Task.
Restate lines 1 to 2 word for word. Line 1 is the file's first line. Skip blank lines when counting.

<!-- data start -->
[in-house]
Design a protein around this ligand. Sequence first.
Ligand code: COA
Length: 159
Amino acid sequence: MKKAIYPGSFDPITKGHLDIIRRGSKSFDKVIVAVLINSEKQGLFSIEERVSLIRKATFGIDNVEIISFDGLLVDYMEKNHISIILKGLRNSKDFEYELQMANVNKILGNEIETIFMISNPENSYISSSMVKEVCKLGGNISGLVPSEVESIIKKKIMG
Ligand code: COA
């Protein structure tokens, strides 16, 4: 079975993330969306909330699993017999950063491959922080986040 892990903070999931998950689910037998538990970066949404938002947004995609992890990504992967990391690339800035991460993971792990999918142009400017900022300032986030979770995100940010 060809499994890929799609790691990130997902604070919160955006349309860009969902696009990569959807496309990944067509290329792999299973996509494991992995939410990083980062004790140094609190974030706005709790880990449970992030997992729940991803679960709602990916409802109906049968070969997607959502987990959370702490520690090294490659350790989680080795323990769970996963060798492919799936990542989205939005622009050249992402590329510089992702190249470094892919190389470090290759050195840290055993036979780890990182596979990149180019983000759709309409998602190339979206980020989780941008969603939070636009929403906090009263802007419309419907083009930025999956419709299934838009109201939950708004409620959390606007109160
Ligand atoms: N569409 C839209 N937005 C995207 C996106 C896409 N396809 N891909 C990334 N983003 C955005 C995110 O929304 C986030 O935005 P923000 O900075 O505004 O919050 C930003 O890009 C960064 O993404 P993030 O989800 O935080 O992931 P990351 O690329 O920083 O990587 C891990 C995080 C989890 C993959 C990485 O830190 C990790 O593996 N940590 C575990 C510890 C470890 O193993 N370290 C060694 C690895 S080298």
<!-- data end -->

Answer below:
[in-house]
Design a protein around this ligand. Sequence first.